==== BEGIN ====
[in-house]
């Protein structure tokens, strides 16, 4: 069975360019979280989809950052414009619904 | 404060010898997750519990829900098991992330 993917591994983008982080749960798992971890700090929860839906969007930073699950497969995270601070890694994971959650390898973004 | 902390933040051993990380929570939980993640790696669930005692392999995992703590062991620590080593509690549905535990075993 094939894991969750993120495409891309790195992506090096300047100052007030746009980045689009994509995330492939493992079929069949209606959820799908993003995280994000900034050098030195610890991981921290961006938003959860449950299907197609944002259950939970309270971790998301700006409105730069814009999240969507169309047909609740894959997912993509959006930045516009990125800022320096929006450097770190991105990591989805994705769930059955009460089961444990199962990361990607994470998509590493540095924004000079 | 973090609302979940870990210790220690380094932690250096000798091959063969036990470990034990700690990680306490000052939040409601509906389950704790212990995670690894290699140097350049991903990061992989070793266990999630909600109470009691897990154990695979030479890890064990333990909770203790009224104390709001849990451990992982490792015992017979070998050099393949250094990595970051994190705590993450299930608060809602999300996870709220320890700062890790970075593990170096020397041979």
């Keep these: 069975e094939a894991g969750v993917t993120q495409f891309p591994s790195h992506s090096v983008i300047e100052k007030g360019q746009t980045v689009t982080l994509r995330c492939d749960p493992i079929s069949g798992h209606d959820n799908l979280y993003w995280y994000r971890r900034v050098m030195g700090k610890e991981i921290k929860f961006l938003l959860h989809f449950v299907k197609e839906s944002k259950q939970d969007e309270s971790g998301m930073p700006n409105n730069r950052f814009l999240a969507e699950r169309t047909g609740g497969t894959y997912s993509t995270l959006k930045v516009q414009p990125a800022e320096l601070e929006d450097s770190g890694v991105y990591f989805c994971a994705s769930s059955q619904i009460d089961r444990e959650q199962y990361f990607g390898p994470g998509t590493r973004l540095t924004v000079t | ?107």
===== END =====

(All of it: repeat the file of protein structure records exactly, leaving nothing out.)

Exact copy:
[in-house]
């Protein structure tokens, strides 16, 4: 069975360019979280989809950052414009619904 | 404060010898997750519990829900098991992330 993917591994983008982080749960798992971890700090929860839906969007930073699950497969995270601070890694994971959650390898973004 | 902390933040051993990380929570939980993640790696669930005692392999995992703590062991620590080593509690549905535990075993 094939894991969750993120495409891309790195992506090096300047100052007030746009980045689009994509995330492939493992079929069949209606959820799908993003995280994000900034050098030195610890991981921290961006938003959860449950299907197609944002259950939970309270971790998301700006409105730069814009999240969507169309047909609740894959997912993509959006930045516009990125800022320096929006450097770190991105990591989805994705769930059955009460089961444990199962990361990607994470998509590493540095924004000079 | 973090609302979940870990210790220690380094932690250096000798091959063969036990470990034990700690990680306490000052939040409601509906389950704790212990995670690894290699140097350049991903990061992989070793266990999630909600109470009691897990154990695979030479890890064990333990909770203790009224104390709001849990451990992982490792015992017979070998050099393949250094990595970051994190705590993450299930608060809602999300996870709220320890700062890790970075593990170096020397041979």
């Keep these: 069975e094939a894991g969750v993917t993120q495409f891309p591994s790195h992506s090096v983008i300047e100052k007030g360019q746009t980045v689009t982080l994509r995330c492939d749960p493992i079929s069949g798992h209606d959820n799908l979280y993003w995280y994000r971890r900034v050098m030195g700090k610890e991981i921290k929860f961006l938003l959860h989809f449950v299907k197609e839906s944002k259950q939970d969007e309270s971790g998301m930073p700006n409105n730069r950052f814009l999240a969507e699950r169309t047909g609740g497969t894959y997912s993509t995270l959006k930045v516009q414009p990125a800022e320096l601070e929006d450097s770190g890694v991105y990591f989805c994971a994705s769930s059955q619904i009460d089961r444990e959650q199962y990361f990607g390898p994470g998509t590493r973004l540095t924004v000079t | ?107």